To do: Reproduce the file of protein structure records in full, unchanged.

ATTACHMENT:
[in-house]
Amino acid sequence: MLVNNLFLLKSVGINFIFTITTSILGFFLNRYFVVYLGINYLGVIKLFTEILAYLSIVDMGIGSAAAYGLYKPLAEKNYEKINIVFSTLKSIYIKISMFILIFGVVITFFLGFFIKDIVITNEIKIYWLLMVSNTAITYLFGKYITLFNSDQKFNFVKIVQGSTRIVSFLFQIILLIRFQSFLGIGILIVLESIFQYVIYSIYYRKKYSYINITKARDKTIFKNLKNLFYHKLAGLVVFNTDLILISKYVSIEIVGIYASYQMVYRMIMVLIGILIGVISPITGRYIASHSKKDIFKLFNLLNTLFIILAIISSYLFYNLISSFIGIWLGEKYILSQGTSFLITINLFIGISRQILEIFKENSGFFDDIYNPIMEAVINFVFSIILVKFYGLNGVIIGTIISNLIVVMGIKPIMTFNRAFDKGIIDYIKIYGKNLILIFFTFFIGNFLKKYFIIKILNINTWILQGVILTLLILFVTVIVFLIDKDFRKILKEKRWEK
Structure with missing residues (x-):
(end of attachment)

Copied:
[in-house]
Amino acid sequence: MLVNNLFLLKSVGINFIFTITTSILGFFLNRYFVVYLGINYLGVIKLFTEILAYLSIVDMGIGSAAAYGLYKPLAEKNYEKINIVFSTLKSIYIKISMFILIFGVVITFFLGFFIKDIVITNEIKIYWLLMVSNTAITYLFGKYITLFNSDQKFNFVKIVQGSTRIVSFLFQIILLIRFQSFLGIGILIVLESIFQYVIYSIYYRKKYSYINITKARDKTIFKNLKNLFYHKLAGLVVFNTDLILISKYVSIEIVGIYASYQMVYRMIMVLIGILIGVISPITGRYIASHSKKDIFKLFNLLNTLFIILAIISSYLFYNLISSFIGIWLGEKYILSQGTSFLITINLFIGISRQILEIFKENSGFFDDIYNPIMEAVINFVFSIILVKFYGLNGVIIGTIISNLIVVMGIKPIMTFNRAFDKGIIDYIKIYGKNLILIFFTFFIGNFLKKYFIIKILNINTWILQGVILTLLILFVTVIVFLIDKDFRKILKEKRWEK
Structure with missing residues (x-):